“One Second After” — Good Read, Better Advice

One Second After by William Forstchen

Following suit of the handful of other book reviews I’ve posted, One Second After came to my attention by way of the guys at Blackfiveand was further recommended by many other sources online (you know, the other typical right-wingnut sites like gun forums and Fox News, et al). Such fanfare should be typical for a NYTimes Bestseller–in fact, the book deserves (demands) much more recognition; not so much for its excellent story, but for enlightening most of us to the very real danger that threatens the existence of our society. How’s that for over-reactive conspiracy-theorist exaggeration? I wish that’s all it was…

This great danger to our society (speaking of any modern civilized society and the regions immediately surrounding them or in any way dependant upon them–more or less, the vast majority of the world, not just the good ‘ole USA) is a physics phenomena called “electromagnetic pulse” (“EMP,” as it is commonly referred to). If it is ever harnessed as a weapon, as this book makes it by some unknown enemy (likely a rogue nation or mildly sophisticated terrorist organization), it would destroy everything that requires electrical circuitry to function (read: that’s pretty much everything our society uses to function/exist). One Second After centers a story around of the lives of a small North Carolina mountain town that survives day-to-day in the apocalyptic aftermath that follows such an unspeakable devastation.

Author/professor/history buff William Forstchen really did his homework on this one. Using his friend Newt Gingrich to compose the book’s forward, the reader is warned that the content of the book is not some make-believe magic weapon. Rather, it’s a very real threat posed to any nation that relies on modern electronics for its daily survival. So real a threat that the US Congress ordered a report on the matter–unfortunately, the report was delivered on the same day as the “9/11 Commission Report” and was all but snuffed out by the attention garnered by that report. Even if it was delivered on any other boring day in the Capitol building, it’s widely thought (as the book’s Afterward author, Capt. Bill Sanders, USN, points out) that the task of preparing for and reducing our vulnerability to an EMP attack is simply too daunting and too hypothetical for the majority of politicians (and sadly, our populace) to buy into. Enter the setting for the book…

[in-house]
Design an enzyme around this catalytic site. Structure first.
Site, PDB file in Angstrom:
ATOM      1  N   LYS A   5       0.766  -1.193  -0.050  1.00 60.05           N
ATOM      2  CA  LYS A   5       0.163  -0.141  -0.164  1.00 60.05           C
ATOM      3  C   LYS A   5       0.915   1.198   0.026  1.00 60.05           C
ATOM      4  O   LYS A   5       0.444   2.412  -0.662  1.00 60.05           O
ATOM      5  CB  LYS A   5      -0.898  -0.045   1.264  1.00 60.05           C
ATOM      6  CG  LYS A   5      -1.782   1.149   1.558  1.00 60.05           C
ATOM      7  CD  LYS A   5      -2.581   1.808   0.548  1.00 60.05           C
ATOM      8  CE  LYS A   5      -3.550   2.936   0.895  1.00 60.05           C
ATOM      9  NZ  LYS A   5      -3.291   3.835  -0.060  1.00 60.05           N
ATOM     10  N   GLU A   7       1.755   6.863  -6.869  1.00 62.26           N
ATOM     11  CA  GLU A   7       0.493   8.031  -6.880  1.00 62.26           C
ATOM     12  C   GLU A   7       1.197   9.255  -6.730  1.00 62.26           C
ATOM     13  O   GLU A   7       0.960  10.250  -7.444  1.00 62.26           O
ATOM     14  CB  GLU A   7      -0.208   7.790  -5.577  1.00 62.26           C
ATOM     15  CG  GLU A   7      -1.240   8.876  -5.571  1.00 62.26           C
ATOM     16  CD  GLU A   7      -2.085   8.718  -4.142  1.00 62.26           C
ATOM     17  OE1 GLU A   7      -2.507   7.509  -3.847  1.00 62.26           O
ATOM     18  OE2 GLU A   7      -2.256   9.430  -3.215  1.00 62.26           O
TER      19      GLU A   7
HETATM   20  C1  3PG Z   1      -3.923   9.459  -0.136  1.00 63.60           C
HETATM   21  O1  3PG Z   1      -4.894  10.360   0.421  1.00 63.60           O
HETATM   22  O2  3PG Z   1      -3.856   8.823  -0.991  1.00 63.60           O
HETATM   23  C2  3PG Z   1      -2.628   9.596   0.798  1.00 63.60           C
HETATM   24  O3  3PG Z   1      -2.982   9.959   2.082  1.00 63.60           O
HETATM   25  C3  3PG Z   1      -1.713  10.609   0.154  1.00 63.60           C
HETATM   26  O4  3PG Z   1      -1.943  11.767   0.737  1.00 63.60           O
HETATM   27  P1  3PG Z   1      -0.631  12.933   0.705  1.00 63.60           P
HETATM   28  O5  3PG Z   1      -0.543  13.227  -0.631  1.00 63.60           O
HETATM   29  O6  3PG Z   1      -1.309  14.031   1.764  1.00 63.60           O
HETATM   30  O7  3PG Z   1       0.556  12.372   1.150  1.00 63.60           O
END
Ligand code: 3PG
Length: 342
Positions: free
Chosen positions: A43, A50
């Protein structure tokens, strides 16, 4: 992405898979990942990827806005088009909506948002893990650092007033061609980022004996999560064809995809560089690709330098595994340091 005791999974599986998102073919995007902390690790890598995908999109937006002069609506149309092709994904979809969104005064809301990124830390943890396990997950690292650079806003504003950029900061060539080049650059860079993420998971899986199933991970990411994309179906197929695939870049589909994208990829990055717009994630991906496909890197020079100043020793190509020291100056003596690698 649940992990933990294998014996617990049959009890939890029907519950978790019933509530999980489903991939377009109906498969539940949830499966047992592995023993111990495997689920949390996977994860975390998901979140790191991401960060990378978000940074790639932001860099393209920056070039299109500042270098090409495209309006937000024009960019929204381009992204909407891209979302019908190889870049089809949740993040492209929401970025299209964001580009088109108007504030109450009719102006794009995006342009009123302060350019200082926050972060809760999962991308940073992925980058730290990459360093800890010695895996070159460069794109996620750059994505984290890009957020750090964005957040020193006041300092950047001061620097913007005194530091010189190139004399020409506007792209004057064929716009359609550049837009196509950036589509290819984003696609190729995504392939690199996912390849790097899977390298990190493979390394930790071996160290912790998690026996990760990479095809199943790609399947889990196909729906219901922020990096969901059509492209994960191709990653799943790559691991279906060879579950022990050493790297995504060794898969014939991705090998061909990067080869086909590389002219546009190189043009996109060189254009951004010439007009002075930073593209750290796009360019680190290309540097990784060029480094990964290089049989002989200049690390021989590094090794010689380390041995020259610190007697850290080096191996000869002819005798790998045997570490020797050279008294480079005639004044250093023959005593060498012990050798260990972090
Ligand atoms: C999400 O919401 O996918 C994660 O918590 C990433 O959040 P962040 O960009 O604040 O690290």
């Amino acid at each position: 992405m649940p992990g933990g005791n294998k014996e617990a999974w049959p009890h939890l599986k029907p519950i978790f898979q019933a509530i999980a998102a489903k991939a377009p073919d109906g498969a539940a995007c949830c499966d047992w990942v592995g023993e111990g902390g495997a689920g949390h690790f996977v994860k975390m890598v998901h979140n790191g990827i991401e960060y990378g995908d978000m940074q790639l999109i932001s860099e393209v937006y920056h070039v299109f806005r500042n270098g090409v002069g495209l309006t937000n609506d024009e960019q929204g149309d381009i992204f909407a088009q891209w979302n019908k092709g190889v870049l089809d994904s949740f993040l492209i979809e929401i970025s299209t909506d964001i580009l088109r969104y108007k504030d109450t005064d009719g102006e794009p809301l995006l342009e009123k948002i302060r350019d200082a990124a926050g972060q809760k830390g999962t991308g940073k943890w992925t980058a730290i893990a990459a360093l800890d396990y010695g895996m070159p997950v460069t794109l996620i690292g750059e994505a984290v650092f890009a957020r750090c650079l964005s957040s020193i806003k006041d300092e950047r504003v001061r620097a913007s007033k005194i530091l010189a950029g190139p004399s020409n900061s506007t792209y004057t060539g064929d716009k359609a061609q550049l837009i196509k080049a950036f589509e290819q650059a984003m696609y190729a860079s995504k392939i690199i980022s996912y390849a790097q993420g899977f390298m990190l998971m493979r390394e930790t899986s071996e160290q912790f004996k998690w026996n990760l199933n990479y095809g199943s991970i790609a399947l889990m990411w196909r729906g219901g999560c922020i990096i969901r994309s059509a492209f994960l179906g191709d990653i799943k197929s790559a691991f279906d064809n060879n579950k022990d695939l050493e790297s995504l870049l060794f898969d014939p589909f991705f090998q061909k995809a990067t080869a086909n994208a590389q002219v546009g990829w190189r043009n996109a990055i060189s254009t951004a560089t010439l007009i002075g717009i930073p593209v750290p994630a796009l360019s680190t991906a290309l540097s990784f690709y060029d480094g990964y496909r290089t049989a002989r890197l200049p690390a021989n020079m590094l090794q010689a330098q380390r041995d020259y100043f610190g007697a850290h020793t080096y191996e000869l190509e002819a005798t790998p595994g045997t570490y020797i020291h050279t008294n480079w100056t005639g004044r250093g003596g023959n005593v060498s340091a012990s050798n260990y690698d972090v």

The story is set in the very real town of Black Mountain, NC (just east of Asheville off of I-40). Those who’ve been to the town or are at least familiar with the area will recognize many references Forstchen makes to geography and the layout of the town itself and in relation to other bigger cities like Asheville, Charlotte, and the NC Piedmont Triad. The characters are even loosely based on his own family and friends with the main character (John Matherson, a retired Army Colonel) drawing many of his traits and daily routines from the author. The book wastes no time in kicking off right into “the problem.” While on the phone with a good friend based at the Pentagon in DC, John notices everything just simply dies. The cell phone cuts out and the power to his house seems to have gone out. He doesn’t think too much of it until he notices disabled vehicles parked in the middle of the streets and reports of cars simply stopped along I-40 make their way up into the town. Drawing from his military background, John is the first to figure out what has happened, but even still, he remains hesitant to believe it. After a few days of what everyone believes is just some freak power outage, the town’s leaders listen to John and start to proactively move into emergency management mode. Days turn into weeks, weeks into months while the book details how the residents start to band together and realize that this freak event may last longer than anyone had imagined.